The term “Artificial Intelligence” conjures up visions of self-aware machines like Skynet and HAL. But in reality AI research isn’t focused on building a thinking machine. Artificial Intelligence is a broad class of techniques that we use to make otherwise dumb computers act a little bit smarter in very particular ways.
Usually our algorithms do exactly one thing well: a chess-playing computer can beat anyone in the world at chess, but can’t drive a car or understand a sentence. My research teams are generally focused on that last one: enabling computers to do a better job of interpreting language in some useful way.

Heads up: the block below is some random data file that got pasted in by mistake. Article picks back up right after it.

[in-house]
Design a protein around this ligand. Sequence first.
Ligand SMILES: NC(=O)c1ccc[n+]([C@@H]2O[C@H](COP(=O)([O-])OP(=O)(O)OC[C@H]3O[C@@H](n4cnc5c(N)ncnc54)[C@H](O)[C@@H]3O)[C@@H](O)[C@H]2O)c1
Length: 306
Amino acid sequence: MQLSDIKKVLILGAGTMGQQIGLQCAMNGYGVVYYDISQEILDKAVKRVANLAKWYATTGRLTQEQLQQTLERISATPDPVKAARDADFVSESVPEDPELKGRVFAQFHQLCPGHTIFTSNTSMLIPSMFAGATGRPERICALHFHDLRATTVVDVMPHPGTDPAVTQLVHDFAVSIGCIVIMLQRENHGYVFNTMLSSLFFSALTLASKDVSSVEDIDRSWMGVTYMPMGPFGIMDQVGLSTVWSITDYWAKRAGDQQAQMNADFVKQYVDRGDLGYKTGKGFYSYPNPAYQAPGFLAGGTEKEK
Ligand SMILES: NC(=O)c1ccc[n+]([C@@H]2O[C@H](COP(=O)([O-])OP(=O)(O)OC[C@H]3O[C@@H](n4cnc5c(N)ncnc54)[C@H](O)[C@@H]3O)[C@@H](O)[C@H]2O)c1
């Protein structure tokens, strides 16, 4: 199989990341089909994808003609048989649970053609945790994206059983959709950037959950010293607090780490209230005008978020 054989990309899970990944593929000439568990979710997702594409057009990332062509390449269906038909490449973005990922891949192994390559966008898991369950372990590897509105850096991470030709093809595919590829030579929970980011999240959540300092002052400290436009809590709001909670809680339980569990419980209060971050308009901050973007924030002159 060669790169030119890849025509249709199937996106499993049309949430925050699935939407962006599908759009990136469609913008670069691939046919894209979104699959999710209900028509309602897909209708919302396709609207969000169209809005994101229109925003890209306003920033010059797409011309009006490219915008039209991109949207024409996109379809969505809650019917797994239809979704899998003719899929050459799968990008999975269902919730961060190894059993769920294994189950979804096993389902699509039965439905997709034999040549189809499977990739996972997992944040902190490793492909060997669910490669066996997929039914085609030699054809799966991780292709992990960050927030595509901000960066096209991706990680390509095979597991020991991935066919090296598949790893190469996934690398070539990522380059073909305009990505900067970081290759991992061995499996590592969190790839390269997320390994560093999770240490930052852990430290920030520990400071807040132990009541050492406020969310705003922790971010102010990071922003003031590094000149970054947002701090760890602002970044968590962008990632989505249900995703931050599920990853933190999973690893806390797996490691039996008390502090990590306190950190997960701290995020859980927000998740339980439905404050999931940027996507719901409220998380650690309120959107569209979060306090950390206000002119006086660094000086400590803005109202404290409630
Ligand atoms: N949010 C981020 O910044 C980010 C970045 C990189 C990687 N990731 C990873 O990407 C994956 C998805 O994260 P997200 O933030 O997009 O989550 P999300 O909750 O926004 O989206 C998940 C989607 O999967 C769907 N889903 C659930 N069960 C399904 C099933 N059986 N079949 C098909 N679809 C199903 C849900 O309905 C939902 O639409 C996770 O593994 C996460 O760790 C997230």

Most modern AI is able to learn on its own from data, a category of algorithms broadly called “machine learning.” The only hard-coded rules we give the computer deal with techniques for finding patterns in data and generalizing from examples. Then we simply show it lots of examples, usually labeled with some sort of an answer. Many advances are happening now in the field of “representation learning” and “deep learning” which involve techniques for finding meaning in complicated combinations of really simple inputs (like pixels in an image or words in a sentence).
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